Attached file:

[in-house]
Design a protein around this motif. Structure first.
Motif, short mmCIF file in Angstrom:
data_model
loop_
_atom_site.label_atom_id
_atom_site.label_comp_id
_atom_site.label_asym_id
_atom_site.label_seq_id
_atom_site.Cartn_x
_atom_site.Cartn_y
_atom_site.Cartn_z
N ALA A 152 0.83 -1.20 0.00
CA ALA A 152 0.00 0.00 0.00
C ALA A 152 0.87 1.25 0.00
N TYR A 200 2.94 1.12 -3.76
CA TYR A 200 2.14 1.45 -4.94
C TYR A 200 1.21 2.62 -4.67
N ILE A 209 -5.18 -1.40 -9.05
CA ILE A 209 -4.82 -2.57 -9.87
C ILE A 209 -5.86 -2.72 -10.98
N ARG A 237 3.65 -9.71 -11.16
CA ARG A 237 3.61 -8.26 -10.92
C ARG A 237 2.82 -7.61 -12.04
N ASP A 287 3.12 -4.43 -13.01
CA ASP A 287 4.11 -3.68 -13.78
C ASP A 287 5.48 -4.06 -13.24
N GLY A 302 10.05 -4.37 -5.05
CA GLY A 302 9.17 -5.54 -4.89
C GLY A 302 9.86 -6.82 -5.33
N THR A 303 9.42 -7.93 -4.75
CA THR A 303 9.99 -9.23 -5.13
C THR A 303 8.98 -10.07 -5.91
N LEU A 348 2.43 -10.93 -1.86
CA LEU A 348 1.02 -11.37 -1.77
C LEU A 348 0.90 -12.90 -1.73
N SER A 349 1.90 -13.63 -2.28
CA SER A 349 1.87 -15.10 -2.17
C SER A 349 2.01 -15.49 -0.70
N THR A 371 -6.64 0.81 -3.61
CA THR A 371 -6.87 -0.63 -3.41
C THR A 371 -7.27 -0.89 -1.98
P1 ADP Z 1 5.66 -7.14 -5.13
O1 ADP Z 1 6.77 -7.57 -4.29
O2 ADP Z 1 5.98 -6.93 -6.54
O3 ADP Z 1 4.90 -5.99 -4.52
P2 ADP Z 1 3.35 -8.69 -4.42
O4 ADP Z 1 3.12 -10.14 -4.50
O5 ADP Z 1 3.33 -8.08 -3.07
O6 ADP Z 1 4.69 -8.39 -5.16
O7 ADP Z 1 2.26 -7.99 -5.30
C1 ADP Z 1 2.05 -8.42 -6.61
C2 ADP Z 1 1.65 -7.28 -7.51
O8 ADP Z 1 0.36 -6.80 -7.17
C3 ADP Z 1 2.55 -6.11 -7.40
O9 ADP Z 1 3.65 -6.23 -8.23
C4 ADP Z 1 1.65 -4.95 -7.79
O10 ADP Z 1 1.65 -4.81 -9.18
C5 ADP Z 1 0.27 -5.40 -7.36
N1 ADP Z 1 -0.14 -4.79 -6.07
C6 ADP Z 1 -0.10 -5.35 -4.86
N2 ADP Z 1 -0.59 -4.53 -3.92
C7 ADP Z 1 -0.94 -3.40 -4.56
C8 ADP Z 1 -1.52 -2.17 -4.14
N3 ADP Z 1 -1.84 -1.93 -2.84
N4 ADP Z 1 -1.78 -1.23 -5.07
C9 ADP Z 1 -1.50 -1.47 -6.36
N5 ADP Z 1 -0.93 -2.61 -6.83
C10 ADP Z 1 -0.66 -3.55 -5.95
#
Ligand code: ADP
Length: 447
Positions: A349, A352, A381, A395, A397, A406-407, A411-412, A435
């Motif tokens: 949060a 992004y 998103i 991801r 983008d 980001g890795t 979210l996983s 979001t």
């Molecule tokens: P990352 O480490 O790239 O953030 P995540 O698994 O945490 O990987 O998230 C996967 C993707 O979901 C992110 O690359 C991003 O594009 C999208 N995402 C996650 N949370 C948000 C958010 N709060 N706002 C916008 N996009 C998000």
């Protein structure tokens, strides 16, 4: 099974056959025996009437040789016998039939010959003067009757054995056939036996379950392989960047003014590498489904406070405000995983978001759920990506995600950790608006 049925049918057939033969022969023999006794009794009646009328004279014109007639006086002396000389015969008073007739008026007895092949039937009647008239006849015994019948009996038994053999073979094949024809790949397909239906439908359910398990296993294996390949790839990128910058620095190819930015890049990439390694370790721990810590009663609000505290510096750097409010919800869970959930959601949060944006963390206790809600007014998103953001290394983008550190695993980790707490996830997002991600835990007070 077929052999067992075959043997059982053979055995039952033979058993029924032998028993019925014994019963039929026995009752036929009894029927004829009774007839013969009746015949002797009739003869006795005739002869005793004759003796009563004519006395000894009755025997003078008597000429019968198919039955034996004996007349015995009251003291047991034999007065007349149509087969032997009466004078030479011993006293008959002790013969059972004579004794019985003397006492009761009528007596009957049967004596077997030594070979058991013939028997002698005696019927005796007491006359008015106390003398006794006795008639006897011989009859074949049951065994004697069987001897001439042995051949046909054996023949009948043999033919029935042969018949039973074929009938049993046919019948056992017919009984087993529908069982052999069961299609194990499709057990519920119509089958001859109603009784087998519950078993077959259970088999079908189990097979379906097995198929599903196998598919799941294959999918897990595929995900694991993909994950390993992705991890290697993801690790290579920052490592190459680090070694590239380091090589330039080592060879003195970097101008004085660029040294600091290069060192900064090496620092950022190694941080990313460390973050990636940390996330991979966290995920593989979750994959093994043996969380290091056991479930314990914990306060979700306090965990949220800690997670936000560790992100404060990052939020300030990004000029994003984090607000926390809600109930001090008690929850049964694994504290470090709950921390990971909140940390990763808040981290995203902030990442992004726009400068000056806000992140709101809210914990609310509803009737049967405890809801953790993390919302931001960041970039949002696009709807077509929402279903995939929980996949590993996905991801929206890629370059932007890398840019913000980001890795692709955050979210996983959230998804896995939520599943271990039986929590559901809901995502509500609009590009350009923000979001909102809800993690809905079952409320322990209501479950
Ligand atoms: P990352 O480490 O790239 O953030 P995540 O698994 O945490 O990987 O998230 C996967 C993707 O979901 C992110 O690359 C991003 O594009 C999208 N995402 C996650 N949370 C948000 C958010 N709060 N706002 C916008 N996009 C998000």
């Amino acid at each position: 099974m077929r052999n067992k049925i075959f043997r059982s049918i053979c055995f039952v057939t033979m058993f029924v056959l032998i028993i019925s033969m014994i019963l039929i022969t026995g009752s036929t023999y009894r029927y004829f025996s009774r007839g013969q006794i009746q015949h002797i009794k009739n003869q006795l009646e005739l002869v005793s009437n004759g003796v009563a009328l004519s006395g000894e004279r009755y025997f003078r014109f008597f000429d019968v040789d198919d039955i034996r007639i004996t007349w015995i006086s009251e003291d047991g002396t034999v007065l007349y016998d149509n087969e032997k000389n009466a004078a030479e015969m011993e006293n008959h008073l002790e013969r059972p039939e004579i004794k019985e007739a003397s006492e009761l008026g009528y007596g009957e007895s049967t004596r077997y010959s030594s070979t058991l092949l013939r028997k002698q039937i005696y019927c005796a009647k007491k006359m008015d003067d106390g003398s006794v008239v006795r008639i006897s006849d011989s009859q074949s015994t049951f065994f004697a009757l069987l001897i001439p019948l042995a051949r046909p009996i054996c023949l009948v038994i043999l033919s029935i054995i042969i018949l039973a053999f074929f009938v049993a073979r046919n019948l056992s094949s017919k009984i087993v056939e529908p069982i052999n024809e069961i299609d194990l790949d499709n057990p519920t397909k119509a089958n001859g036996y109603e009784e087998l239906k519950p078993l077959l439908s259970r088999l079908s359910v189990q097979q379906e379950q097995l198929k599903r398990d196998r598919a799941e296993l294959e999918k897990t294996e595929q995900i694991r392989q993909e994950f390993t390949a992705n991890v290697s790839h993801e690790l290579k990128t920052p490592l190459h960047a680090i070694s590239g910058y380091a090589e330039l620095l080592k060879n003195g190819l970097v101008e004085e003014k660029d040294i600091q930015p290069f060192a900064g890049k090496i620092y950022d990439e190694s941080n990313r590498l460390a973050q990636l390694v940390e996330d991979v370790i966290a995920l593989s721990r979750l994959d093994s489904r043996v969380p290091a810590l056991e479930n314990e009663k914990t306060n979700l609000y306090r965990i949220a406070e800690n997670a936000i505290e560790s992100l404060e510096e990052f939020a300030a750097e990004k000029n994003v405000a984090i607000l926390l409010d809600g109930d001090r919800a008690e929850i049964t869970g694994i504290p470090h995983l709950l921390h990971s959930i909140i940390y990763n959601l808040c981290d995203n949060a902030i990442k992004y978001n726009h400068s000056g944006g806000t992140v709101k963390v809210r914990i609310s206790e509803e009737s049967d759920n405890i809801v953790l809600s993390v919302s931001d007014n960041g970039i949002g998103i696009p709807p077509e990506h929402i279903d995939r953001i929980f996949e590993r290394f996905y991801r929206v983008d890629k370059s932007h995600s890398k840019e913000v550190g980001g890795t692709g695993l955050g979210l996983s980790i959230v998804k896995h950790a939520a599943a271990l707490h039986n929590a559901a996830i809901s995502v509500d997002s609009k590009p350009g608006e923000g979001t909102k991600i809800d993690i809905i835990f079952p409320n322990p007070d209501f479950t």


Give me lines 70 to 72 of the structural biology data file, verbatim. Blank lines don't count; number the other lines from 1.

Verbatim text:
#
Ligand code: ADP
Length: 447